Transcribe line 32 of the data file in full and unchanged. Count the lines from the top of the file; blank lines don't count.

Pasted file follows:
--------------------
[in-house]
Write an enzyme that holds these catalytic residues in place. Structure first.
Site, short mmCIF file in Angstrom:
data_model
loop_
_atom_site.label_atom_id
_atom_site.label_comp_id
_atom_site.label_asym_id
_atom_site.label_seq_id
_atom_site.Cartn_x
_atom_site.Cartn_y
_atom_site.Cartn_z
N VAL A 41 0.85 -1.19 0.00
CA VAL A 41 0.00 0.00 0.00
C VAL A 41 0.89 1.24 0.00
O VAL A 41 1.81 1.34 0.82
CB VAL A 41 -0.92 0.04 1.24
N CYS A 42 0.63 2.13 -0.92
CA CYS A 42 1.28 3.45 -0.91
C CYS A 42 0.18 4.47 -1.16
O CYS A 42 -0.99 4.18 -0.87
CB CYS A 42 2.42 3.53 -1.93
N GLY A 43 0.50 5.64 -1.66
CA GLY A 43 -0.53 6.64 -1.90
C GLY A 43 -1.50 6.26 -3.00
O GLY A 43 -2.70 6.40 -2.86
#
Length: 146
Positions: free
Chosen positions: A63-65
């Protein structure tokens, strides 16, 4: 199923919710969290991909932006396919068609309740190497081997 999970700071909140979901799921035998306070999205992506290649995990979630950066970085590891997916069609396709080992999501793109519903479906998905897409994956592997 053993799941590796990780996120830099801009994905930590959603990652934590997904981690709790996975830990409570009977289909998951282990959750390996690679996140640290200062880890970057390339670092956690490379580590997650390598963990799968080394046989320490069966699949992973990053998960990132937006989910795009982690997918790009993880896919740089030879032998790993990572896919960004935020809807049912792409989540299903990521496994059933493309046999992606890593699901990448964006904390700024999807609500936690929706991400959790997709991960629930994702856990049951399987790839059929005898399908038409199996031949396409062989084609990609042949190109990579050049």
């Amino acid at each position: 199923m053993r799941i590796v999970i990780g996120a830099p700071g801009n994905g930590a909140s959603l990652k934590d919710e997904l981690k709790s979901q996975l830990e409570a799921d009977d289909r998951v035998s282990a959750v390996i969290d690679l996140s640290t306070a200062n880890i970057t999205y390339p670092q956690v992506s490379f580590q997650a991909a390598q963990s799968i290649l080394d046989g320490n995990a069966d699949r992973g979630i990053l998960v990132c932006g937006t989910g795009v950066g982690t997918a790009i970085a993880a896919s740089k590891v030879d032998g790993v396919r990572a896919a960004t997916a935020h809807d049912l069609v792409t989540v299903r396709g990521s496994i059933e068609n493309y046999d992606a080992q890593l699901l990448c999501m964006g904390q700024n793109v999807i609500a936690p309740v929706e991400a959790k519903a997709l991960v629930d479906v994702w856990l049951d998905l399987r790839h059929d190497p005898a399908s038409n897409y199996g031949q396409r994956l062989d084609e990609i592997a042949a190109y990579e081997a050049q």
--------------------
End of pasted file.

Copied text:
């Amino acid at each position: 199923m053993r799941i590796v999970i990780g996120a830099p700071g801009n994905g930590a909140s959603l990652k934590d919710e997904l981690k709790s979901q996975l830990e409570a799921d009977d289909r998951v035998s282990a959750v390996i969290d690679l996140s640290t306070a200062n880890i970057t999205y390339p670092q956690v992506s490379f580590q997650a991909a390598q963990s799968i290649l080394d046989g320490n995990a069966d699949r992973g979630i990053l998960v990132c932006g937006t989910g795009v950066g982690t997918a790009i970085a993880a896919s740089k590891v030879d032998g790993v396919r990572a896919a960004t997916a935020h809807d049912l069609v792409t989540v299903r396709g990521s496994i059933e068609n493309y046999d992606a080992q890593l699901l990448c999501m964006g904390q700024n793109v999807i609500a936690p309740v929706e991400a959790k519903a997709l991960v629930d479906v994702w856990l049951d998905l399987r790839h059929d190497p005898a399908s038409n897409y199996g031949q396409r994956l062989d084609e990609i592997a042949a190109y990579e081997a050049q």